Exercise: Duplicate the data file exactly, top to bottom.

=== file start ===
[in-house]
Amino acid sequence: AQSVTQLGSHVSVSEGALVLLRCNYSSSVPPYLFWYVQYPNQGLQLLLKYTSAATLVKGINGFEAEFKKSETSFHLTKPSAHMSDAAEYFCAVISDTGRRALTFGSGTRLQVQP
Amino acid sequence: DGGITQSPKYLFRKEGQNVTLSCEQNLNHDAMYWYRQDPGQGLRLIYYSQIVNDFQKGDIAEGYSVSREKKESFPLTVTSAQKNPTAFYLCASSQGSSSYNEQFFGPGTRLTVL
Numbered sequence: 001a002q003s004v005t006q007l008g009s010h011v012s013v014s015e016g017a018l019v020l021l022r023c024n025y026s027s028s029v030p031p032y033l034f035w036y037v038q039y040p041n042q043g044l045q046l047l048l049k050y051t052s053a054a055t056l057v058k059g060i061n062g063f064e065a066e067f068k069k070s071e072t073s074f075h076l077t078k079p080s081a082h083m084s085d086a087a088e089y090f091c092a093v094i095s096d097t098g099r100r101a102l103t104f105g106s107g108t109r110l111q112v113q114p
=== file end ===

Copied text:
[in-house]
Amino acid sequence: AQSVTQLGSHVSVSEGALVLLRCNYSSSVPPYLFWYVQYPNQGLQLLLKYTSAATLVKGINGFEAEFKKSETSFHLTKPSAHMSDAAEYFCAVISDTGRRALTFGSGTRLQVQP
Amino acid sequence: DGGITQSPKYLFRKEGQNVTLSCEQNLNHDAMYWYRQDPGQGLRLIYYSQIVNDFQKGDIAEGYSVSREKKESFPLTVTSAQKNPTAFYLCASSQGSSSYNEQFFGPGTRLTVL
Numbered sequence: 001a002q003s004v005t006q007l008g009s010h011v012s013v014s015e016g017a018l019v020l021l022r023c024n025y026s027s028s029v030p031p032y033l034f035w036y037v038q039y040p041n042q043g044l045q046l047l048l049k050y051t052s053a054a055t056l057v058k059g060i061n062g063f064e065a066e067f068k069k070s071e072t073s074f075h076l077t078k079p080s081a082h083m084s085d086a087a088e089y090f091c092a093v094i095s096d097t098g099r100r101a102l103t104f105g106s107g108t109r110l111q112v113q114p